Professor of Chemical Engineering
Nanotechnology is considered an emerging field, but it promises to revolutionize everything around us. Derived from the Greek word for midget, nano means 10-9, a billionth part. A nanometer (nm), for example, is one billionth of a meter. To get an idea of the scale involved, the diameter of a human hair is 200,000 nm.
However, nanotechnology is not just the study of the very small, it is also technology: the practical application of science. Although they have long been fascinated with atoms, only recently have scientists acquired the ability to manipulate them precisely. Today, researchers painstakingly assemble nanodevices a single molecule at a time. But to be useful, a device would have to contain millions of clusters arranged in just the right configuration. In order to achieve this, scientists are focusing on devices that can assemble themselves based on inherent molecular properties.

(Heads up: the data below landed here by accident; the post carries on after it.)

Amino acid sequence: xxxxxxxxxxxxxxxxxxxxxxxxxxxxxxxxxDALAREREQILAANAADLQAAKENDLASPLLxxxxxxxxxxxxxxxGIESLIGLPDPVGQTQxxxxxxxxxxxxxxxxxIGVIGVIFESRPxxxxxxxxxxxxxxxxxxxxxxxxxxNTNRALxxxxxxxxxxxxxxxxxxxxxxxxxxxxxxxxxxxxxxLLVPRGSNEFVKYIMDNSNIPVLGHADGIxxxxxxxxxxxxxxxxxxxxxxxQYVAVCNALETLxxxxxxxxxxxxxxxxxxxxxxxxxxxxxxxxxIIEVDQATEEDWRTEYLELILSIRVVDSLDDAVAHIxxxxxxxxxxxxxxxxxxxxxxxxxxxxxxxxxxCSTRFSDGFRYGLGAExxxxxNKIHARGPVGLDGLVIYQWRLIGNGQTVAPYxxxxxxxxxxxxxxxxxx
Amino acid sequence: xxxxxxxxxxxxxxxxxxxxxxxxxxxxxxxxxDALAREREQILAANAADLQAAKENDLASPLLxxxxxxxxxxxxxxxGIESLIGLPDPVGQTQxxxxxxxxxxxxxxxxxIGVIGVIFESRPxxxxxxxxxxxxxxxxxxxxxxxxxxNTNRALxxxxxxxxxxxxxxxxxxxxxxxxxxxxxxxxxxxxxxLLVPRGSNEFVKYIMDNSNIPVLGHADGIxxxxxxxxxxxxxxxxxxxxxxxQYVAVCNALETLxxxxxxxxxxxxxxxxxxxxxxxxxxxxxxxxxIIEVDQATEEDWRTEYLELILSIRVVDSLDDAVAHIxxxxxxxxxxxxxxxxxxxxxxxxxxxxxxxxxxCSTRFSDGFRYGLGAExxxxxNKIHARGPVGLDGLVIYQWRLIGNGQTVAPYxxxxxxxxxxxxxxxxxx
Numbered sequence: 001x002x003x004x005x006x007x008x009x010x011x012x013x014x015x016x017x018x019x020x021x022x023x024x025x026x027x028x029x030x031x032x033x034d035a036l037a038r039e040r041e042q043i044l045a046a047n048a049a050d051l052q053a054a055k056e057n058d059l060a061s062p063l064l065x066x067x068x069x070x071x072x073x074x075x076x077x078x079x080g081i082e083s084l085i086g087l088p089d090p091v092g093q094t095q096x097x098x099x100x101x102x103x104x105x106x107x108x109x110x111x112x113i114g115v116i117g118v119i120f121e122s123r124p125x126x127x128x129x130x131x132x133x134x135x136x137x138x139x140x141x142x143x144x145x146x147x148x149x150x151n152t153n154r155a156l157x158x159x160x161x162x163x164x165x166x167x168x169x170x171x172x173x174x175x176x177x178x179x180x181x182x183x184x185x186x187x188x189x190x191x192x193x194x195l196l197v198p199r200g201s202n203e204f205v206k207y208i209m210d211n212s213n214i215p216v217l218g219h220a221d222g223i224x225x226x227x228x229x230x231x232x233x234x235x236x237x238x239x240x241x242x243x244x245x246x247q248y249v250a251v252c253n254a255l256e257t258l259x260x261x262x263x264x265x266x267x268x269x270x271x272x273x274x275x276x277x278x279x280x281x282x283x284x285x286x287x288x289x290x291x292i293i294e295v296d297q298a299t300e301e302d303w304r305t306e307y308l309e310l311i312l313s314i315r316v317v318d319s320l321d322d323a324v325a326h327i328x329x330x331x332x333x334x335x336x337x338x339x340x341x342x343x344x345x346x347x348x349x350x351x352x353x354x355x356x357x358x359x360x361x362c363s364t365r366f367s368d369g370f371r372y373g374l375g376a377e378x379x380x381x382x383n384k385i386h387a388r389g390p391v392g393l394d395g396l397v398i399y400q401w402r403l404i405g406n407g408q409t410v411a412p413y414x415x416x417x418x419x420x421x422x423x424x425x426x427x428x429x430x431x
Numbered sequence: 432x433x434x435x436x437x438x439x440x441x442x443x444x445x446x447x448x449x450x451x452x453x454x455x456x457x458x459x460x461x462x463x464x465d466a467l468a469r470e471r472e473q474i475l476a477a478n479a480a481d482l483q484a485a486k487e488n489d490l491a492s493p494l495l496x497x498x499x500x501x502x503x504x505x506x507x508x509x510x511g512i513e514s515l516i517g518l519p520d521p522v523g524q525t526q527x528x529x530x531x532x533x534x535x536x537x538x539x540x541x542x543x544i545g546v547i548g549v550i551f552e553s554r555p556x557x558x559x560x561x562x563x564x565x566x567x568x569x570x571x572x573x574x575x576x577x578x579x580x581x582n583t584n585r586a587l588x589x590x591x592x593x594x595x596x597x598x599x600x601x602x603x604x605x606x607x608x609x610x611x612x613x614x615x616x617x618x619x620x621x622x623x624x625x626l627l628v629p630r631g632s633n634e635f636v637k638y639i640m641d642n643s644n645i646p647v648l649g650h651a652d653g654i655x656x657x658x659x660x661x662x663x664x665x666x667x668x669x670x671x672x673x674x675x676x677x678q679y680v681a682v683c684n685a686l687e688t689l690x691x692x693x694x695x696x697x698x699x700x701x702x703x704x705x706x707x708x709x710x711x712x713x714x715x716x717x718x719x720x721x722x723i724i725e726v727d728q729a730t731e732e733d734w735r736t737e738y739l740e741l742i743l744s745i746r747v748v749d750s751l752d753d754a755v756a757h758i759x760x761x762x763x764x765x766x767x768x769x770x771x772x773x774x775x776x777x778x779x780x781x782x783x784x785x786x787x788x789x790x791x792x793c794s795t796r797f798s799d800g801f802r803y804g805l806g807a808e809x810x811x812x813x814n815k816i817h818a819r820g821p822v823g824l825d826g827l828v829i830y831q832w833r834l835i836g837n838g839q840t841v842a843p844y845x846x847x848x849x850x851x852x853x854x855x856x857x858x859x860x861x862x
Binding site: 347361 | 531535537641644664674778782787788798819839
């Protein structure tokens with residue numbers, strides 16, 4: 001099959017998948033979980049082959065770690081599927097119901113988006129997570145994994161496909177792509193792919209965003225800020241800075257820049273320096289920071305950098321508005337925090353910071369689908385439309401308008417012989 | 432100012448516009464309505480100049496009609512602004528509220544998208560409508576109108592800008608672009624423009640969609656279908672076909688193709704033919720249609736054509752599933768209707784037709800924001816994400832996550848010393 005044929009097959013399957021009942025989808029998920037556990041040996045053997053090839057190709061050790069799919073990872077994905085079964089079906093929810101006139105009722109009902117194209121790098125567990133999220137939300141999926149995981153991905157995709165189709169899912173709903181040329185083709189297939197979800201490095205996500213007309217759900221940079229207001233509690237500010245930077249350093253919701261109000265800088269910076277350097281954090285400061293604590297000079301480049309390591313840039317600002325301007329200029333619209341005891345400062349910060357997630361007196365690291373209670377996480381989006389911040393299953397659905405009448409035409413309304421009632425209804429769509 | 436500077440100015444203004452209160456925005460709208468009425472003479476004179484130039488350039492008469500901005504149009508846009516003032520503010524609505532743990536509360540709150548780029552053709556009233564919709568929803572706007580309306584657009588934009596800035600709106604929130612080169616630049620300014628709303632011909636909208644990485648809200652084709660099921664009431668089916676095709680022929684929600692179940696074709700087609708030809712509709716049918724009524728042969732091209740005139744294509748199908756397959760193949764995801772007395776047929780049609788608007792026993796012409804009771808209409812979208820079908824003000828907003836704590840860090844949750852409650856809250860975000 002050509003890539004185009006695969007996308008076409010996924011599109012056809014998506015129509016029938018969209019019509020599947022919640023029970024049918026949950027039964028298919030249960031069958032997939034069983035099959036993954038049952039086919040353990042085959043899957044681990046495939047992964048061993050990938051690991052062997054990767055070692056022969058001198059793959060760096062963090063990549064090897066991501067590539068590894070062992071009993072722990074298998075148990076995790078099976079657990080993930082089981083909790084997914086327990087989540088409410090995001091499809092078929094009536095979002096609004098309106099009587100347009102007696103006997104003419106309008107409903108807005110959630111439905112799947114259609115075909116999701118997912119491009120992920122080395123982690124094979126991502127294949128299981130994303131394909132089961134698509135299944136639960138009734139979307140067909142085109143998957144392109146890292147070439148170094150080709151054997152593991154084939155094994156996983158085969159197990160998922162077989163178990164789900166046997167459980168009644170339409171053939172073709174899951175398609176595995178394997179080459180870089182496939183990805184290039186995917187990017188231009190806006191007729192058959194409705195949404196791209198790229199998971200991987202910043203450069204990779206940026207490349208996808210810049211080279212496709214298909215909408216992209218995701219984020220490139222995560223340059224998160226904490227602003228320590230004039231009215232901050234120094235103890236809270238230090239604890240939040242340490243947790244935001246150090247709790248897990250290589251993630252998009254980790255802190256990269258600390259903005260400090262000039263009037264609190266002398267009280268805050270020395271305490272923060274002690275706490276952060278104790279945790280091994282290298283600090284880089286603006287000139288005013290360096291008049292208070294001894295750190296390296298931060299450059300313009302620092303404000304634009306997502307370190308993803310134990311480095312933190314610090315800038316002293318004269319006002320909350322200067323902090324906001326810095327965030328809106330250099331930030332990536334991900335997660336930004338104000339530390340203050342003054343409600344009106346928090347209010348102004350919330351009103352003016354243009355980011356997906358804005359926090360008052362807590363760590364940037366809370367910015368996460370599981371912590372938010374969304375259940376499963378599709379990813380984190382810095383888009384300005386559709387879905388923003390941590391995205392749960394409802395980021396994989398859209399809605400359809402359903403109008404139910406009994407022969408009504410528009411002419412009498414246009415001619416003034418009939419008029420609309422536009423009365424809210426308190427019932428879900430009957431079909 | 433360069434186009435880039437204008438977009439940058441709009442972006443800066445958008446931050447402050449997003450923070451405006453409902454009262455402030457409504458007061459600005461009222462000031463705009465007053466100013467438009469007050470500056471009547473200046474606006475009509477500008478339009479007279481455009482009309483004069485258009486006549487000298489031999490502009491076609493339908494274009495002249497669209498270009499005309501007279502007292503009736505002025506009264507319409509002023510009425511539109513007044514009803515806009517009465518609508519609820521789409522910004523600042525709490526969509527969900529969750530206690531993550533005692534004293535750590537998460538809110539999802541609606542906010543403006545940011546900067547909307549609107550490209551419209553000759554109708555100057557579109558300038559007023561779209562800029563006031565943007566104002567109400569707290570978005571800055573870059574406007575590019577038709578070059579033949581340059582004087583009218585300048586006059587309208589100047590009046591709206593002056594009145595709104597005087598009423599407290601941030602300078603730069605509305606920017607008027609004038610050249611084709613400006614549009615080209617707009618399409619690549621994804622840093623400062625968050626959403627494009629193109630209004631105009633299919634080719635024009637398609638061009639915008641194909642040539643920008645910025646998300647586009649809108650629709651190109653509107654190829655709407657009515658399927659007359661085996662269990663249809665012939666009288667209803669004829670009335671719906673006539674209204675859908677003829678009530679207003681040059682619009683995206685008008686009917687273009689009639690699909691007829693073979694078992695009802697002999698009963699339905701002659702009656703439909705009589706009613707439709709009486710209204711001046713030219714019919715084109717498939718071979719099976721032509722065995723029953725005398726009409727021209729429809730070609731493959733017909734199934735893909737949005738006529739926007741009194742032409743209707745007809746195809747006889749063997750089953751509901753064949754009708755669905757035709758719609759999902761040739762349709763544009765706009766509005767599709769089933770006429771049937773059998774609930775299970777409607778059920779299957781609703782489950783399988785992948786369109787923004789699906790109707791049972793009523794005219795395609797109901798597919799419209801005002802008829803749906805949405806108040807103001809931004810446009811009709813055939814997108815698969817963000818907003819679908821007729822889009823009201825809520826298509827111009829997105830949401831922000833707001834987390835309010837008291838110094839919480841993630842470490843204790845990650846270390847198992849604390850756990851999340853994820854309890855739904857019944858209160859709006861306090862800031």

Surfactants at work: polyethylene bubbles in a polypropylene matrix, stabilized by a polymeric surfactant. (Courtesy of the Balsara group.)
Helvetica, sans-serif" size="2">March